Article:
Bit­ten by lethargy

Most ra­bies deaths oc­cur in In­dia. Yet, the gov­ern­ment is drag­ging its feet over con­trol­ling dog pop­u­la­tion, vac­ci­nat­ing them or even mak­ing enough shots avail­able for vic­tims |


De­spite hav­ing the high­est num­ber of ra­bies deaths, In­dia is still drag­ging its feet over mea­sures to con­trol the deadly dis­ease

HERE IS some­thing that can make Louis Pas­teur turn in his grave. The French sci­en­tist had cre­ated the first vac­cine against ra­bies—a vi­ral in­fec­tion that causes in­flam­ma­tion of the brain, lead­ing to delu­sion and then death. Some 130 years later, the virus con­tin­ues to be the dead­li­est killer in In­dia, shows the Na­tional Health Pro­file 2018. All the 97 peo­ple who had con­tracted the dis­ease last year suc­cumbed to it, says the re­port, re­leased on June 25. Ac­cord­ing to the World Health Or­ga­ni­za­tion (who), In­dia ac­counts for 36 per cent of ra­bies deaths that oc­cur world­wide each year. While one can de­velop the dis­ease if bit­ten or scratched by any ra­bid mam­mal, such as mon­keys or bats,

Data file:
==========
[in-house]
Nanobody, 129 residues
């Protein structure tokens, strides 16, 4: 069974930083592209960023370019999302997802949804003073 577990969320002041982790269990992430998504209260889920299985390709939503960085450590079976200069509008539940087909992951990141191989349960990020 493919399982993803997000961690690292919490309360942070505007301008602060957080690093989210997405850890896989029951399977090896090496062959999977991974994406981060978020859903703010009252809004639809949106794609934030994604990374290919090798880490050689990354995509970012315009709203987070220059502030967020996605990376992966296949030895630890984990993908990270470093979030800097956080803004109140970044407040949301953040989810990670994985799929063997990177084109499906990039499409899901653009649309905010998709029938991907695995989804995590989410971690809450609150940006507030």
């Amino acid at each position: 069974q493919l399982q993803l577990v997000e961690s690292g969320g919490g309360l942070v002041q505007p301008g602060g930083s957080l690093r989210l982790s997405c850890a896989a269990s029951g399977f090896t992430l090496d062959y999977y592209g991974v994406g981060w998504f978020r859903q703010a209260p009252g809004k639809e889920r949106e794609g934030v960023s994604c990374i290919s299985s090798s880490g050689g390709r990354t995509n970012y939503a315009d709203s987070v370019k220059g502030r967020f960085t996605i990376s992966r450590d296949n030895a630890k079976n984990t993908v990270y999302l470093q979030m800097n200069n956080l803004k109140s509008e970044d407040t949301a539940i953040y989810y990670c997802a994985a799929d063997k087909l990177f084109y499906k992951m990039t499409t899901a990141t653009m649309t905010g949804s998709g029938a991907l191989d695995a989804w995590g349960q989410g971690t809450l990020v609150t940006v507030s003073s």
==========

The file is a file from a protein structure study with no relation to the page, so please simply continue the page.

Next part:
who says dogs con­trib­ute up to 99 per cent of all ra­bies trans­mit­ted to hu­mans; and chil­dren are the usual vic­tims.

Data with the Union Min­istry of Health and Fam­ily Wel­fare (mo­hfw) shows that since 2011 there has been a drop of over 60 per cent in the num­ber of ra­bies deaths year on year (ex­cept 2017). But ex­perts rub­bish the data. “The true bur­den of ra­bies in In­dia is not known. The re­ported in­ci­dence is prob­a­bly an un­der­es­ti­ma­tion be­cause in In­dia ra­bies is still not a no­ti­fi­able dis­ease,” says Hen­drik Bekedam, who rep­re­sen­ta­tive to In­dia. “The gov­ern­ment fig­ures are way lower than the ac­tual fig­ures,” says M K Su­dar­shan, founder mem­ber of the As­so­ci­a­tion for Pre­ven­tion and Con­trol of Ra­bies in In­dia (apcri). A 2015 study, pub­lished in peer-re­viewed plos

Ne­glected Trop­i­cal Dis­eases cor­rob­o­rates his ob­ser­va­tion. The study that


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